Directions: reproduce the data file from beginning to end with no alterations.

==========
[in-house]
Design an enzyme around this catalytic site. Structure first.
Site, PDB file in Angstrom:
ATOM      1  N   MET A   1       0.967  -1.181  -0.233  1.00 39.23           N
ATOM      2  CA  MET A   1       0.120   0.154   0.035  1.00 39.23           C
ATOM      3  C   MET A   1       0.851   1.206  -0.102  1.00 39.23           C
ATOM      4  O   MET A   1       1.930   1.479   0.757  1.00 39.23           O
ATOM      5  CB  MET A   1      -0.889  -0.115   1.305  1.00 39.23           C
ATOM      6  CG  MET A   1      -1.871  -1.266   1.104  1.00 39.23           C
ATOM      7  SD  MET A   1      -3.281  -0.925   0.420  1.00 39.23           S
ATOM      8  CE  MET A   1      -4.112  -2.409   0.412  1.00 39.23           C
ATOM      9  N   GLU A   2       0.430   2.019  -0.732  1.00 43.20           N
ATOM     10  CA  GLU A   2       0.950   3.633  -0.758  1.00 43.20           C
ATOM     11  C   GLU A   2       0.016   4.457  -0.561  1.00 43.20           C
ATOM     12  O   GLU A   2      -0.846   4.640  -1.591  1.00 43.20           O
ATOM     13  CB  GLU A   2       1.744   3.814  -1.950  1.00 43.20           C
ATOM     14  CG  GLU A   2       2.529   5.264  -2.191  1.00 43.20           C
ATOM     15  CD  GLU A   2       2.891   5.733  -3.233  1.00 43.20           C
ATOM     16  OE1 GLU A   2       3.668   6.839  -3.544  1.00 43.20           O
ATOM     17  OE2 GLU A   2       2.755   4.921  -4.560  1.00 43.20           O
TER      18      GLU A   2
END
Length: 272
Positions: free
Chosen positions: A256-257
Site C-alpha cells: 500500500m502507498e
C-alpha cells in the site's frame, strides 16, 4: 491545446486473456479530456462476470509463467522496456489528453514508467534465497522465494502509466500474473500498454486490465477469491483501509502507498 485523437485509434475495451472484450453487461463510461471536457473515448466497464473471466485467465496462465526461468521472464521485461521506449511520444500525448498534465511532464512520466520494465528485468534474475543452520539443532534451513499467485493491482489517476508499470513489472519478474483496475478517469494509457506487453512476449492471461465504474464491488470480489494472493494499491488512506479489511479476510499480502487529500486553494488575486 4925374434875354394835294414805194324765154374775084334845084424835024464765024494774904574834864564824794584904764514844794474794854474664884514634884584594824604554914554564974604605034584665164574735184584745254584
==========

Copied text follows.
[in-house]
Design an enzyme around this catalytic site. Structure first.
Site, PDB file in Angstrom:
ATOM      1  N   MET A   1       0.967  -1.181  -0.233  1.00 39.23           N
ATOM      2  CA  MET A   1       0.120   0.154   0.035  1.00 39.23           C
ATOM      3  C   MET A   1       0.851   1.206  -0.102  1.00 39.23           C
ATOM      4  O   MET A   1       1.930   1.479   0.757  1.00 39.23           O
ATOM      5  CB  MET A   1      -0.889  -0.115   1.305  1.00 39.23           C
ATOM      6  CG  MET A   1      -1.871  -1.266   1.104  1.00 39.23           C
ATOM      7  SD  MET A   1      -3.281  -0.925   0.420  1.00 39.23           S
ATOM      8  CE  MET A   1      -4.112  -2.409   0.412  1.00 39.23           C
ATOM      9  N   GLU A   2       0.430   2.019  -0.732  1.00 43.20           N
ATOM     10  CA  GLU A   2       0.950   3.633  -0.758  1.00 43.20           C
ATOM     11  C   GLU A   2       0.016   4.457  -0.561  1.00 43.20           C
ATOM     12  O   GLU A   2      -0.846   4.640  -1.591  1.00 43.20           O
ATOM     13  CB  GLU A   2       1.744   3.814  -1.950  1.00 43.20           C
ATOM     14  CG  GLU A   2       2.529   5.264  -2.191  1.00 43.20           C
ATOM     15  CD  GLU A   2       2.891   5.733  -3.233  1.00 43.20           C
ATOM     16  OE1 GLU A   2       3.668   6.839  -3.544  1.00 43.20           O
ATOM     17  OE2 GLU A   2       2.755   4.921  -4.560  1.00 43.20           O
TER      18      GLU A   2
END
Length: 272
Positions: free
Chosen positions: A256-257
Site C-alpha cells: 500500500m502507498e
C-alpha cells in the site's frame, strides 16, 4: 491545446486473456479530456462476470509463467522496456489528453514508467534465497522465494502509466500474473500498454486490465477469491483501509502507498 485523437485509434475495451472484450453487461463510461471536457473515448466497464473471466485467465496462465526461468521472464521485461521506449511520444500525448498534465511532464512520466520494465528485468534474475543452520539443532534451513499467485493491482489517476508499470513489472519478474483496475478517469494509457506487453512476449492471461465504474464491488470480489494472493494499491488512506479489511479476510499480502487529500486553494488575486 4925374434875354394835294414805194324765154374775084334845084424835024464765024494774904574834864564824794584904764514844794474794854474664884514634884584594824604554914554564974604605034584665164574735184584745254584